Suffering an allergic reaction to anything can make you feel like you’ve been run over. Even worse, your response may be so severe that you run the risk of real danger to your life. If you were born with these allergies, your parents might have already had you tested as a child. What happens as you age and start developing these reactions to things? If you suspect that you may be having adverse reactions to triggers in the environment or food, a doctor may suggest skin testing. Follow along to find out three basic facts about these tests and their implications.
1. Exposure to Possible Irritants
The purpose of a skin test is to find out what is causing you to have an adverse reaction. During a skin test, a doctor introduces possible irritants to your skin and documents any changes that may occur. The area of the skin is marked to designate which allergen was placed where. The doctor may introduce many allergens at a time, making the process a quicker way of identifying what is inducing the body to react than other methods.
2. The Type of Skin Testing Available
The doctor will use your medical history and description of how you feel to determine what to test for at a time. Since it is possible to become allergic to almost anything, there are some common culprits that doctors like to try first. Food and environmental allergies are regularly tested in people who have a history of gastrointestinal symptoms, respiratory issues and skin changes. The most common irritants skin tests target are:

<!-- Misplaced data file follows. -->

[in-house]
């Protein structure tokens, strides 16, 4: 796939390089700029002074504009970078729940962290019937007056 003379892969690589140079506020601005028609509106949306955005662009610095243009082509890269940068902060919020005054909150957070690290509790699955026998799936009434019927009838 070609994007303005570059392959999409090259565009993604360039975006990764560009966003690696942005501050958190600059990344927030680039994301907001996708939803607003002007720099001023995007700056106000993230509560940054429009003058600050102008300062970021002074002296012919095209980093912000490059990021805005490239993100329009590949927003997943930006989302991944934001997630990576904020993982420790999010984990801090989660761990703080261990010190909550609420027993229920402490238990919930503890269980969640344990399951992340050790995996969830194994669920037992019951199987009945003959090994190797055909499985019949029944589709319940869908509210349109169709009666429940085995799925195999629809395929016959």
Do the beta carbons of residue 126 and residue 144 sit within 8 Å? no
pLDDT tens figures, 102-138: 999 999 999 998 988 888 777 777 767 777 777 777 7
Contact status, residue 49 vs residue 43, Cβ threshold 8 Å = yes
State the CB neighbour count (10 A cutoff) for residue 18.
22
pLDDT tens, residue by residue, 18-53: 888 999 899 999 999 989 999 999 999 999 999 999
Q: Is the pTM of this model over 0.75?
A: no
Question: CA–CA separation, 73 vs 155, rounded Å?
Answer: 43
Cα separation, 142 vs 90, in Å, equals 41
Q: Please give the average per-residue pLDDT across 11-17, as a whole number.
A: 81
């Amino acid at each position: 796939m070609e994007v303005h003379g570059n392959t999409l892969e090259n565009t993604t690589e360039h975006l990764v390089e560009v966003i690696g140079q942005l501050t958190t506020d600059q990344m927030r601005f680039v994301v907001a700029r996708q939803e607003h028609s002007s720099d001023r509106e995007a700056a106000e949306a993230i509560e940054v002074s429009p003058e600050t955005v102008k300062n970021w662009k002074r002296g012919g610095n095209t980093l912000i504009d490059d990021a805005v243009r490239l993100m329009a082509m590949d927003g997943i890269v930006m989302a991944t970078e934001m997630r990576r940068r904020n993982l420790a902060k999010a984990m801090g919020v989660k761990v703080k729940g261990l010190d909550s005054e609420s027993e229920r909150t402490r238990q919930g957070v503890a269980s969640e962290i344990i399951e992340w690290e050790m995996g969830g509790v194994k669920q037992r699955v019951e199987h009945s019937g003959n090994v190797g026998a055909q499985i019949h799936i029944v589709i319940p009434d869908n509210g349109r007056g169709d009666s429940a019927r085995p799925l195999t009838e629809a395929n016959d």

- Environmental elements such as pollen, dust, grass, pet dander
- Food ingredients like lactose, gluten, wheat, grains
- Medications like penicillin
Some of the most intense and deadly allergies involve peanuts, shellfish and bee stings. If a person has an allergy to one of these, they may need to carry an epinephrine pen to counteract possible anaphylactic shock if exposed.
3. The Accuracy of Skin Tests for Allergies
Skin testing is the most accurate way to identify allergens, but they don’t always get it right. About half the time, an allergen may not indicate a reaction, but when introduced internally, it does. Many of the particles that the immune system identifies as dangerous are already inside the body, not on the surface. Therefore, things like ragweed and pollen are inhaled and enter through the nose before the body starts producing mucus and other unpleasant reactions. Therefore, be mindful that a positive or negative test may not be the end-all, be-all diagnosis you seek.